Finally, Samsung's new Galaxy S III has been unveiled. Watch the Samsung Mobile Unpacked 2012 event in London live below:
And because of the previous Galaxy model's success, Samsung is now the world's biggest phone manufacturer, knocking Nokia off that top list. It will be no doubt that they might just be able to keep that spot with the latest iteration of the Galaxy when it hits stores shortly.
Measuring at 4.8 inches, you can tell that they've really worked hard at retaining the Galaxy S II's footprint, eventhough the S III is 22 per cent larger in its display, and 16 percent bigger than the S II.
Rather than bolting a silly 16MP camera sensor on, or slimming it down to the slim widths of the Motorola Droid RAZR, they've instead focused most of their attention on upgrading Android 4.0 (Ice Cream Sandwich) with some much-needed features. Check out the commercial for it first:
The 4.8-inch display is a Super AMOLED panel with 720 x 1280 (306ppi) resolution, and inserted just above that display. They've got a 1.9 MP forward facing camera that shoots at 720p, and on its back is a simple 8MP camera that can shoot 1080p video.
The phone runs on Samsung's new 1.4GHz Exynos 4 Cortex-A9 quad-core chips, it comes with 1GB of RAM, and a choice of either 16, 32 or 64GB internal storage configurations.
In certain territories (the US, Japan and Korea), the S III will be available in LTE. It includes seven sensors, including an accelerometer; RGB light; digital compass; proximity; gryoscope; NFC, and barometer have been shoved in too.
Weighing at 133grams, it measures 136.6 x 70.6 x 8.6mm, and houses a 2100mAh battery; Samsung's first smartphone with a battery that size.
While all of that sounds great what's really note worth is that Samsung overhauled ICS with some nifty new tricks. These include:
Smart Stay, which uses the forward-facing camera to determine if you're looking at the phone. You can set time intervals from as little as 15 seconds, which result in a small flashing eye logo in the Android notification bar. If your eyes aren't focused on the phone, the screen will dim.
Direct Call: auto dial a contact if you have their contact details or a message open. All you need to do is move the phone to your ear, and the proximity sensor, accelerometer and gyroscope will all kick in.
Smart Alert: It makes the phone vibrate in your hand and flash an LED if you pick the phone up after a missed call.
S Voice: Like a Siri function, you can enquire about the weather or take a photo, locking the phone, controlling music and more.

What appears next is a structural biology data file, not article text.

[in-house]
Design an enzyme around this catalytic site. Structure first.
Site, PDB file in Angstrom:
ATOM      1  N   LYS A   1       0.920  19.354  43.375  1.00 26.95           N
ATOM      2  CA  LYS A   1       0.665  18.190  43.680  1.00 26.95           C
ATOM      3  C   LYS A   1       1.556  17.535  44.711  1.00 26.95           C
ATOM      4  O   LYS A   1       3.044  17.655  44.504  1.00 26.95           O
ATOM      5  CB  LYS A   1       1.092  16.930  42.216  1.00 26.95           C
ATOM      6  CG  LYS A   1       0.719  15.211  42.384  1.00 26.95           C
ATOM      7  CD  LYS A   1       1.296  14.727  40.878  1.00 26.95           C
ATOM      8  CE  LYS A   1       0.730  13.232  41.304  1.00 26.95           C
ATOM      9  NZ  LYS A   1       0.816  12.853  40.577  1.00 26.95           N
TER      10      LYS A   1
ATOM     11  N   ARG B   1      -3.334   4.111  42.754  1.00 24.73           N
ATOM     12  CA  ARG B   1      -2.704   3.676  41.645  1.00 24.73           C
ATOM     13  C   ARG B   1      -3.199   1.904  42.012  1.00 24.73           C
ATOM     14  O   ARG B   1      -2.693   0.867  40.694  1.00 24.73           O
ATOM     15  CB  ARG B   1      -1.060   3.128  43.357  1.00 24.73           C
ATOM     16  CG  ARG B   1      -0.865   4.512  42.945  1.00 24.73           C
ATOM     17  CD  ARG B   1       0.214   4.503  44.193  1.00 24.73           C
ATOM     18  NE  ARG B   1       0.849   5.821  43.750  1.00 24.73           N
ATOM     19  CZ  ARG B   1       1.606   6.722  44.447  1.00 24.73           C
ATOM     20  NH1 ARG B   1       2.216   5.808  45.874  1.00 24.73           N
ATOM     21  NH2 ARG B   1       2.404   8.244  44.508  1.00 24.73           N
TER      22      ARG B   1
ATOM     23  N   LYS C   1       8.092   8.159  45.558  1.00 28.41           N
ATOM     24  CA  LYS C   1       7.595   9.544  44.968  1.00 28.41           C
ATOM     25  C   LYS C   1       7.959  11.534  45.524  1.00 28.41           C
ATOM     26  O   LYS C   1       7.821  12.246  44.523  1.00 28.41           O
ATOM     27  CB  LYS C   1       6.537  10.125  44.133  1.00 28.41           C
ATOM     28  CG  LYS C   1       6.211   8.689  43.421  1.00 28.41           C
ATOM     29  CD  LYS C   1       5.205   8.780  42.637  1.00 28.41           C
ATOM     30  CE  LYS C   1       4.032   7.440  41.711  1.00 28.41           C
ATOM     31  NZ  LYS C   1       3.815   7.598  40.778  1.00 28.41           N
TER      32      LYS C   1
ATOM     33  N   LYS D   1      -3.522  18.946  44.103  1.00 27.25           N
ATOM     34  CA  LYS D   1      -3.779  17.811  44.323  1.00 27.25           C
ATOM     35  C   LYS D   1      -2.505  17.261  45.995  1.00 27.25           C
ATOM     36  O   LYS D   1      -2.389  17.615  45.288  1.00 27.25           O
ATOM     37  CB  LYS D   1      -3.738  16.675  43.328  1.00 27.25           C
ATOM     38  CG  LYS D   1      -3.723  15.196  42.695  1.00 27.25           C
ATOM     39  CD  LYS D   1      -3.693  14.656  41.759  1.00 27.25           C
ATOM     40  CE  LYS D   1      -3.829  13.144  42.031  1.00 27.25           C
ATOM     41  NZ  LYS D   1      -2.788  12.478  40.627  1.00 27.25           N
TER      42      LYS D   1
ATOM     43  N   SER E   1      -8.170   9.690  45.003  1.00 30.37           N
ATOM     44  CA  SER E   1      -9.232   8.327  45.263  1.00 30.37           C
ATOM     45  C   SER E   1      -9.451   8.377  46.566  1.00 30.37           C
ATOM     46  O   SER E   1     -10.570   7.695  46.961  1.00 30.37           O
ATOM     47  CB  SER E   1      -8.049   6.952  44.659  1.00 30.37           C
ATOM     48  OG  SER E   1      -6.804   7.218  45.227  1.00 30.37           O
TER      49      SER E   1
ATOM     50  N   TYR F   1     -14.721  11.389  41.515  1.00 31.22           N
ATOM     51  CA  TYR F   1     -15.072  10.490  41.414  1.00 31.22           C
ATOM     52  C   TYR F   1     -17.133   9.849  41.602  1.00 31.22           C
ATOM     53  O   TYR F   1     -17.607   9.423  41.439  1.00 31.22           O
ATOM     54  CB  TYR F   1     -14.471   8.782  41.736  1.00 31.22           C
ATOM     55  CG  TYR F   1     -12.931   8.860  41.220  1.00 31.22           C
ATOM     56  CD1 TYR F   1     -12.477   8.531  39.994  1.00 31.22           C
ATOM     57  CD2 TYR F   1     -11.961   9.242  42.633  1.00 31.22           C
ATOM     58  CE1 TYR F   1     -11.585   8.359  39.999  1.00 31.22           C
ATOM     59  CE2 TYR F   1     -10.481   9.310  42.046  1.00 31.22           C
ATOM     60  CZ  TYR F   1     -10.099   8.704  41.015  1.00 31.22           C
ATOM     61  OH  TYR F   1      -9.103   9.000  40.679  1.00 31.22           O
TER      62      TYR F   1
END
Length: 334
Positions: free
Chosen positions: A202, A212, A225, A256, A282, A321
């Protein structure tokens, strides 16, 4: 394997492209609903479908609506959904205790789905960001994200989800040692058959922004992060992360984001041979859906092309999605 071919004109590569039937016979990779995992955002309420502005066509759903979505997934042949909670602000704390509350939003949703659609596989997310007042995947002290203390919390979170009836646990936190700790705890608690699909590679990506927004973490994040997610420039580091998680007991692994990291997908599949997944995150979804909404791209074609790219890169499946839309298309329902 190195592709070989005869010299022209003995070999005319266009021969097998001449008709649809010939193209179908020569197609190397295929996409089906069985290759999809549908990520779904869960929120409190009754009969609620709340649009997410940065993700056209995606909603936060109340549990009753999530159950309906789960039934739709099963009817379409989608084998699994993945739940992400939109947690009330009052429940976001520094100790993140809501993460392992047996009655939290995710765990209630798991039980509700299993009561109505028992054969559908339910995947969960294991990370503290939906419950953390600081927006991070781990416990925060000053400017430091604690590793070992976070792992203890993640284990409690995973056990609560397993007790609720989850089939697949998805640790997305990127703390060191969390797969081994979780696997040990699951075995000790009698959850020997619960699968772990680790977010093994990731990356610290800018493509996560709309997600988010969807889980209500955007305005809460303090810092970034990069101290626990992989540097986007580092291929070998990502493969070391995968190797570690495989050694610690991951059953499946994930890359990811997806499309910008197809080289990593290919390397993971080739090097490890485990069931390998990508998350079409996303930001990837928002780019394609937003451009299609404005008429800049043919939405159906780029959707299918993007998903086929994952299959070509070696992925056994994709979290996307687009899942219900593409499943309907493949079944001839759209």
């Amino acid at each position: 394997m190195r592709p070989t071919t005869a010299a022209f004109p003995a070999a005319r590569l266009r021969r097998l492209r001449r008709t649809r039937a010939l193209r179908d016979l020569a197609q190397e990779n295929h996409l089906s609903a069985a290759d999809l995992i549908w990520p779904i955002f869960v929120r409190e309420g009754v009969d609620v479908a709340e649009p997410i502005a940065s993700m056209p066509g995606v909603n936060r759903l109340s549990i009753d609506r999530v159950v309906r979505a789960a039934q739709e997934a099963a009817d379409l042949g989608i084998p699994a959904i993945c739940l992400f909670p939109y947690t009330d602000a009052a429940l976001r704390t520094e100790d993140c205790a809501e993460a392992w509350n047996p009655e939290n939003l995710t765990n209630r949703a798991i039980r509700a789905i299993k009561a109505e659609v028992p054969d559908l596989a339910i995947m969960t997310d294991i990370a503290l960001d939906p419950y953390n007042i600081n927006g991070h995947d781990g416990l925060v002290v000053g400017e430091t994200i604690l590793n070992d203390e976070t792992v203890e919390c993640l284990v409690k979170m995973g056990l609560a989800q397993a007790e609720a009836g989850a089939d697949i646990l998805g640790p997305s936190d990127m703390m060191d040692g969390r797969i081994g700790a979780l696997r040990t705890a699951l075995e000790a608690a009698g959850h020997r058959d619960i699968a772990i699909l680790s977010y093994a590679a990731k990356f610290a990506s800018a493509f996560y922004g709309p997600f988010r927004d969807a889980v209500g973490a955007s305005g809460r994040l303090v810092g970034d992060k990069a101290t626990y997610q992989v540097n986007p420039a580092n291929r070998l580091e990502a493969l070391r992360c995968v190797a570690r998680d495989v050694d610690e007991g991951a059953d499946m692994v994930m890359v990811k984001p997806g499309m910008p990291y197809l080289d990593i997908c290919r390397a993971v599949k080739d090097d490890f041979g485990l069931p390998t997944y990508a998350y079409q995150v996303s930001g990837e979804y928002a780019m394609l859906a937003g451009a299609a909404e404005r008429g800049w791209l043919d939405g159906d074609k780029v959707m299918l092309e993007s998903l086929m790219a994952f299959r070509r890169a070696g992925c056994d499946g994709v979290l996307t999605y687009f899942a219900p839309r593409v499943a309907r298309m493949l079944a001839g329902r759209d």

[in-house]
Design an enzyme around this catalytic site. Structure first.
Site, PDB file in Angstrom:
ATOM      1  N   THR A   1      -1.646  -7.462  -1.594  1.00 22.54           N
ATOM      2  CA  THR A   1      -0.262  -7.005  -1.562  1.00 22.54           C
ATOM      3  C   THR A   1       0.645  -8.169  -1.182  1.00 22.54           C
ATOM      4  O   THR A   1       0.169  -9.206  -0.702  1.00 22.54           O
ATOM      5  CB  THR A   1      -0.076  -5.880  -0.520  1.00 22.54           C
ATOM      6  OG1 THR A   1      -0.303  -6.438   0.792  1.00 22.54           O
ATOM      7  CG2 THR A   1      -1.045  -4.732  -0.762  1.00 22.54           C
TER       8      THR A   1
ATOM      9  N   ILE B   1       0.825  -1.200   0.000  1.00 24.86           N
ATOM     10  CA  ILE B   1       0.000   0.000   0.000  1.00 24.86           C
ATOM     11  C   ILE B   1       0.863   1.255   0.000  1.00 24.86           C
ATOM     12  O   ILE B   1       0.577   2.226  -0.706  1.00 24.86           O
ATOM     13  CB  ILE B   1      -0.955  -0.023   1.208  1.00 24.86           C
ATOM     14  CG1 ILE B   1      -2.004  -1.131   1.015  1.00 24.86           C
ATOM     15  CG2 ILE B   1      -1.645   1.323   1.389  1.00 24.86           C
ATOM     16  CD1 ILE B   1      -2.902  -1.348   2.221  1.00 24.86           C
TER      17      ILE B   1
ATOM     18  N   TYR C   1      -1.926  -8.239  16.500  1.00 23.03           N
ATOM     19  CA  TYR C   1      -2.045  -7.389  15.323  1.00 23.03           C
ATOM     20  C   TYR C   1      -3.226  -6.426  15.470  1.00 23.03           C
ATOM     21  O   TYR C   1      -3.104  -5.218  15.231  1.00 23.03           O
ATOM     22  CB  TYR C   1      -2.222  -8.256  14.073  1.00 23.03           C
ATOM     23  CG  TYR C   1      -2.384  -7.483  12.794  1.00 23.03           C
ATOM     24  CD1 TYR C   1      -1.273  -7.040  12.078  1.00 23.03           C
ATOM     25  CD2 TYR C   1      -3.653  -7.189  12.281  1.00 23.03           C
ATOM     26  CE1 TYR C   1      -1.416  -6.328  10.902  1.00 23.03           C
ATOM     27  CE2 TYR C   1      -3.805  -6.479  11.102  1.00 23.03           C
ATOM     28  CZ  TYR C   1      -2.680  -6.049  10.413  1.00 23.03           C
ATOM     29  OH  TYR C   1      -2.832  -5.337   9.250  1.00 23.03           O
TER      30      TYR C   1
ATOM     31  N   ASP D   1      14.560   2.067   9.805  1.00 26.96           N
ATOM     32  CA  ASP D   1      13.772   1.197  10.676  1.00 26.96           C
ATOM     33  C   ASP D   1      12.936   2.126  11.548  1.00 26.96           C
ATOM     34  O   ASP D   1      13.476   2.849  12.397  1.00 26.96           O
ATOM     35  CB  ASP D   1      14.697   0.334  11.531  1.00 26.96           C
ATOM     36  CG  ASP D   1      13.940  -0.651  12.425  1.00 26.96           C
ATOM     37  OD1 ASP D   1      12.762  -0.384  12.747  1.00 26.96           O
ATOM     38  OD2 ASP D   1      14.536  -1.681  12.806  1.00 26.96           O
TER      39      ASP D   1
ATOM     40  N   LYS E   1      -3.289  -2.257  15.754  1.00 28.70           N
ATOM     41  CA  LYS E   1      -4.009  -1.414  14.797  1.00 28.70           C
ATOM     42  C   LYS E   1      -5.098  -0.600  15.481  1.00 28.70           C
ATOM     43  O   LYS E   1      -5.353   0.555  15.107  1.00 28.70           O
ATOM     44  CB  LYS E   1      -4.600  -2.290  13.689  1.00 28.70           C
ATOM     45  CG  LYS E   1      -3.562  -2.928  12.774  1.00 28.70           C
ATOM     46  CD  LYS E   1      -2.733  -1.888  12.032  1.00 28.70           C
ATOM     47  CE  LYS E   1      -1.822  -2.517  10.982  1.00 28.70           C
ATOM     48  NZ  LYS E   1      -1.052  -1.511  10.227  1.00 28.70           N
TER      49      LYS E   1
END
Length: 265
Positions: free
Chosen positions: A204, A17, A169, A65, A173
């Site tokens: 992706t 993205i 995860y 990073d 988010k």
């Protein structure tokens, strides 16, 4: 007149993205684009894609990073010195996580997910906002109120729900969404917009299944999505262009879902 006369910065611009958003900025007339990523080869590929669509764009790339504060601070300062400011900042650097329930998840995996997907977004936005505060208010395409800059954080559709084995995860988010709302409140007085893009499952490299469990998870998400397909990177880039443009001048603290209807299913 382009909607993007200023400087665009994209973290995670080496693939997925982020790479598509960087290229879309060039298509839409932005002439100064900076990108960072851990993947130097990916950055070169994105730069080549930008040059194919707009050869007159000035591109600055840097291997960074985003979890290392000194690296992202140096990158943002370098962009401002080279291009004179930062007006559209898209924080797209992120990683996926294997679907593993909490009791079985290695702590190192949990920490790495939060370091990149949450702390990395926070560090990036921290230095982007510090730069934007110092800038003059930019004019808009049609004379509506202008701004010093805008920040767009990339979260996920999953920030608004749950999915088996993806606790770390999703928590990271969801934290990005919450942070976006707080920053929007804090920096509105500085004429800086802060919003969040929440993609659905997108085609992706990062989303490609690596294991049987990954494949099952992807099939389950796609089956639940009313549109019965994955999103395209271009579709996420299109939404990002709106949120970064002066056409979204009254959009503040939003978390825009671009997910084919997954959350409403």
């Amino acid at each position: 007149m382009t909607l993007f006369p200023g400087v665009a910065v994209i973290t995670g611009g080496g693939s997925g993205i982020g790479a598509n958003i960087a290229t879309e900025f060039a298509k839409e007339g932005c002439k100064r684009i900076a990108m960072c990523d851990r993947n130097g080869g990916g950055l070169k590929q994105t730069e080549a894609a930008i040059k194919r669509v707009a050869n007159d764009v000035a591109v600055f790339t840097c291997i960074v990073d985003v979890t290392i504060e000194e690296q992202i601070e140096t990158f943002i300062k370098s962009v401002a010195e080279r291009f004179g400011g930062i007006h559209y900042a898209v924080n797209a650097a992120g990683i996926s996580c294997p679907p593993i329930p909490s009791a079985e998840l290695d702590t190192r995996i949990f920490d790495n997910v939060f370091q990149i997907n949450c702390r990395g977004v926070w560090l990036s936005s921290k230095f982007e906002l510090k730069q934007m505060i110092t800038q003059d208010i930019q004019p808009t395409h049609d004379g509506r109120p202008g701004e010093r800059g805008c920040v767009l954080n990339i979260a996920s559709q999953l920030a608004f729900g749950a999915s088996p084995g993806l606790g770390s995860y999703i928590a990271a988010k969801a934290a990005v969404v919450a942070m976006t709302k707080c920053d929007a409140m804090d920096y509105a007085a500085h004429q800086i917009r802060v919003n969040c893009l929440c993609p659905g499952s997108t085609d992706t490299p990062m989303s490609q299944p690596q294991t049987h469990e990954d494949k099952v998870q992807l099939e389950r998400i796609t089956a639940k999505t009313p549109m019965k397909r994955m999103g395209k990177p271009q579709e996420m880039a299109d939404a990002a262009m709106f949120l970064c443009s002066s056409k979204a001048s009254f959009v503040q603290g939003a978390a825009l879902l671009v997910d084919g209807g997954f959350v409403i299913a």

Social Tag, which links photos of friends in your photo gallery to their Facebook or Google+ accounts, using facial recognition.
S Beam: Pairs other Galaxy S III phones via NFC, shares photos, videos, files or media over Wi-Fi. If your friend's S III doesn't have Wi-Fi enabled, S Beam will automatically turn that user's Wi-Fi on, and then off.
AllShare Cast, which pairs to TVs, laptops or tablets over Wi-Fi, mirroring whatever's on the S III.
As for the camera, opening the app takes less than one second and can be activated with a gesture by pressing and holding the screen and rotating it. It also has backside illumination to ensure the camera can shoot in low light conditions and advanced software to allow intelligent face zooming and group tagging through facial recognition.
Minimal lag. Samsung minimised reloading time drastically with the S III, so there's virtually no lag between pressing the button and the shot being taken.
Burst Shot / Best Photo, which takes 20 shots in quick succession (six photos per second), and then recommends the best photo (using algorithms to determine which has the best light, and which has all eyes open, for example).
Face Zoom, which recognises individual faces in a live view, so you can tap a face and zoom in, taking a photo only of them.
Photos while filming: Like the feature HTC added to their One series, Samsung also thought about those people who like to take photos at the same time as filming video. It's possible now.
Finally, did we mention its got wireless charging via resonance technology? Sounds like one heck of a powerful phone already.